Riders may receive two warnings in an 18-month period for missing out-of-competition doping controls. If they receive a...

  • Contentpolis-Ampo back in 2010, but under new name

    Article published:
    November 16, 2009, 11:48 GMT
    Susan Westemeyer

    Team deny reports of financial problems, delays attributed to scheduling issues

    The Spanish Professional Continental Team Contentpolis-Ampo has denied rumours of financial problems and stated, “We will be on the roads in 2010.” The team had received an extension to complete its submission of licensing documentation with the International Cycling Union (UCI), which expired today.

    “There is only a delay in delivery of documentation to the UCI," the team said in a statement issued over the weekend. The delay is due to “scheduling problems, but that will be solved in the next few hours and we will respect, to the greatest extent possible, the time limits.”

    The team said that is continuation in 2010 is guaranteed by "a communion of interests" which includes the Government of Murcia, the sports director-general of the Municipality of Murcia, Miguel Cáscales, Councilman Sports and AMPO Co-operative Society.

    However, the team may well have a new name in the new season, as Contentpolis is leaving as a sponsor after two years. The region and city of Murcia are expected to talk over as name sponsor.

    Contentpolis made its Grand Tour debut in the Vuelta a España this year. It hopes to again receive wild card status from the UCI for 2010, which would enable it to potentially participate in major races, including the three Grand Tours.

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  • Sastre to give full attention to Tour in 2010

    Carlos Sastre (Cervélo TestTeam)
    Article published:
    November 16, 2009, 12:23 GMT
    Peter Cossins

    2008 Tour winner also responds to comments from Andy Schleck

    Carlos Sastre has acknowledged that his planning for the 2009 season went awry, saying he started the defence of his Tour de France title feeling “exhausted”. Sastre started the Tour after previously winning two stages and finishing fourth at the Giro d’Italia.

    “When I reached the Tour I was exhausted and I don’t want to make that same error in planning again,” Sastre said during a PR appearance for Ford over the weekend at Madrid’s Jarama motor-racing circuit with Finnish rally driver Mikko Hirvoven.

    “I want to rediscover the spark that I was lacking this year. Although I still haven’t worked out what races I’m going to be riding in 2010, it’s already clear in my mind that this coming season is going to be very different to the one that’s just finished.”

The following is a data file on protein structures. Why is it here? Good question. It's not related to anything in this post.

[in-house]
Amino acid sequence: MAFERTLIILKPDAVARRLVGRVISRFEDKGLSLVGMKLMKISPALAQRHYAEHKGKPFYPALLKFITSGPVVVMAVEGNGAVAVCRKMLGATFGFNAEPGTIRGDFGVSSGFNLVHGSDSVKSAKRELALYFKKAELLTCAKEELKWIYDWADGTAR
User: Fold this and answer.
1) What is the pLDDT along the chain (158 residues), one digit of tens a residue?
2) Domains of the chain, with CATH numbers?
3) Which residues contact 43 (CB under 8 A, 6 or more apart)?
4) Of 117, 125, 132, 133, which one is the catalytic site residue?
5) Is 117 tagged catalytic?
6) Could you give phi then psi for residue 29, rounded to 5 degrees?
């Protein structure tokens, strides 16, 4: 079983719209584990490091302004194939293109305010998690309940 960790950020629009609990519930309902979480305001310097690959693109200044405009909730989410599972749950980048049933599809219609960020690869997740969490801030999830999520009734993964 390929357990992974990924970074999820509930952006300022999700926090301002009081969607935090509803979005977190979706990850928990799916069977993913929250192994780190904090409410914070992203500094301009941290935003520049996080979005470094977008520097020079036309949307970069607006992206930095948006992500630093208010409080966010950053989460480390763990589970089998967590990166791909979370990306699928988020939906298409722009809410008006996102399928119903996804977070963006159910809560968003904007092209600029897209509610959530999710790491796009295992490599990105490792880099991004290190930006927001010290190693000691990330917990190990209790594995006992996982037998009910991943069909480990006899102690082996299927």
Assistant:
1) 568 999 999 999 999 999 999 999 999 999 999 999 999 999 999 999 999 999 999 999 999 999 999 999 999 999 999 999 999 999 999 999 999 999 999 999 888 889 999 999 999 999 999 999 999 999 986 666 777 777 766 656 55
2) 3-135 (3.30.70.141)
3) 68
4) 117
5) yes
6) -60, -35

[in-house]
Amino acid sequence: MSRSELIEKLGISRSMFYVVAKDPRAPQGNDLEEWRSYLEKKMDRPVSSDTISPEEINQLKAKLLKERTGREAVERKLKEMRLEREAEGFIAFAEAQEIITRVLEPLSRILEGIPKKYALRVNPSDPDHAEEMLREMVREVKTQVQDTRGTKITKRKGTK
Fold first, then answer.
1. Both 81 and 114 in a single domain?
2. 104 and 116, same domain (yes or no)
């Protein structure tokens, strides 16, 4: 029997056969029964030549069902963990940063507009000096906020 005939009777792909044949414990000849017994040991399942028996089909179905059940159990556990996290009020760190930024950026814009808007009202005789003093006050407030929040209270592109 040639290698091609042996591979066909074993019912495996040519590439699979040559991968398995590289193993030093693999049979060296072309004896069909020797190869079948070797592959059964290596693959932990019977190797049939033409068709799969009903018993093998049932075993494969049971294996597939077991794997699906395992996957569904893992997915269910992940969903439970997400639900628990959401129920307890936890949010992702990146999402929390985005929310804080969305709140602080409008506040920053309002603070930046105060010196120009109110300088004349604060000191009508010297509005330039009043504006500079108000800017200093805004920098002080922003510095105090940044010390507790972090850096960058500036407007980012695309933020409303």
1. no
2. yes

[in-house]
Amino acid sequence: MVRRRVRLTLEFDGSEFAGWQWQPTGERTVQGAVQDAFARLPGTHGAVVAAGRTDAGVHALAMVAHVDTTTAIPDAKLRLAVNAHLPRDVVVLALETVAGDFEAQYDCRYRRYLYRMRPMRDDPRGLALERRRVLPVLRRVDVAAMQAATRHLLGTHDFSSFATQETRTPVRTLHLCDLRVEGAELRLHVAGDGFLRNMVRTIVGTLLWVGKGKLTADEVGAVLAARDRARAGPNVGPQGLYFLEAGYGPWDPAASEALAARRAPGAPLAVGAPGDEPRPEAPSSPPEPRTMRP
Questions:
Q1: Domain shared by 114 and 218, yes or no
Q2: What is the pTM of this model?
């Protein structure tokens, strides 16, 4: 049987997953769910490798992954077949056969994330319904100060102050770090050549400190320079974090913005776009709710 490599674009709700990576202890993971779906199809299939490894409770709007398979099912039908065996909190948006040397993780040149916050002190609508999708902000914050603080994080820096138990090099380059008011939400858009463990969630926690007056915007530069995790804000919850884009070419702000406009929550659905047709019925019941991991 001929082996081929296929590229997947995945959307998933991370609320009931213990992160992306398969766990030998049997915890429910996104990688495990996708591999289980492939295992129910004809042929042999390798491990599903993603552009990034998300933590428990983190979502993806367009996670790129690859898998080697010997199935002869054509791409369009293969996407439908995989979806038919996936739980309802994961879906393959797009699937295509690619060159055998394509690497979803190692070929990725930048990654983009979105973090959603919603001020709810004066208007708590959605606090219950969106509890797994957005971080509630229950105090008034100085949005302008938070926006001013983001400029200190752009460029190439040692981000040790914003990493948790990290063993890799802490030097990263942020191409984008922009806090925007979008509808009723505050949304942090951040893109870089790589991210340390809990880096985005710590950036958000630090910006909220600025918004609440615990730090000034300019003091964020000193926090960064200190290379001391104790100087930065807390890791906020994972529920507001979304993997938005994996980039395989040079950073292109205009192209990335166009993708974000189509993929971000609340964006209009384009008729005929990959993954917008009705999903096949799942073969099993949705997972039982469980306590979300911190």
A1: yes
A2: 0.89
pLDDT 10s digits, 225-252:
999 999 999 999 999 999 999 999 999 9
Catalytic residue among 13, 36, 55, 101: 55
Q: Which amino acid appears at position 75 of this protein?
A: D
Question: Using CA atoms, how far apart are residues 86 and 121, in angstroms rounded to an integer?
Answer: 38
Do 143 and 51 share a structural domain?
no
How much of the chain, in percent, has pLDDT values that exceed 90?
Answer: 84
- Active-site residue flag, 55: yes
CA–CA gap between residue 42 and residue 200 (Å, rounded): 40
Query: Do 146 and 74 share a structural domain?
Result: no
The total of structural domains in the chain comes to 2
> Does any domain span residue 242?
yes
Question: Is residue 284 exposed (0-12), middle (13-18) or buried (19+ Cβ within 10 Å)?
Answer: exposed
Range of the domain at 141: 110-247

Sastre admitted that he is still likely to ride two major tours during 2010, but hasn’t yet decided on whether he will be adding the Giro or the Vuelta to his definite appearance at the Tour. “The Tour de France has been my race and I want to perform well in it again. The only thing that I am certain of is that I will do the Tour,” said the 34-year-old Spaniard.

    Sastre said he will wait until the presentation of the Vuelta on December 16 and to hear about his Cervélo team’s objectives for next season before making a commitment between the Giro and the Vuelta. However, he refused to put the blame for his poor showing at the Tour on his strong ride at the Giro just weeks beforehand. “The route of the Giro was hard, but during my career I’ve always done two major tours [each year] and been at a good level. But a lot of circumstances combined and I wasn’t able to recover and I’ve learned from that,” he commented.

    Sastre also responded to comments made by Andy Schleck in the Spanish press a couple of weeks ago. Speaking to El...

  • Dutch Food Valley Classic moved to August

    The 2009 Dutch Food Classic Podium: Graeme Brown (2nd, Rabobank), Kenny van Hummel (1st, Skil-Shimano) and Steven De Jongh (3rd, Quick Step)
    Article published:
    November 16, 2009, 12:47 GMT
    Richard Tyler

    Date change designed to attract more ProTour teams

    The organisers of the Dutch Food Valley Classic have confirmed that the race has moved from May to August for 2010 in order to attract a higher quality field for the International Cycling Union (UCI) 1.HC ranked event.

    Formerly known as the Veenendaal-Veenendaal, race organisers told Dutch newspaper De Telegraaf that the date change was part of an effort to attract more top-level teams.

    "We strived for years to attract a field of at least ten ProTour teams, but usually we have six or seven scratched from the event," said organiser Job van Schuppen. "If another date is needed to achieve our goal, then that's what we have to do."

    The 2009 edition of the Dutch Food Valley Classic was won by Skil-Shimano's Kenny van Hummel, ahead of Rabobank's Graeme Brown. Brown's squad was joined by three other ProTour teams in the race line-up: Quick Step, Milram, Silence-Lotto.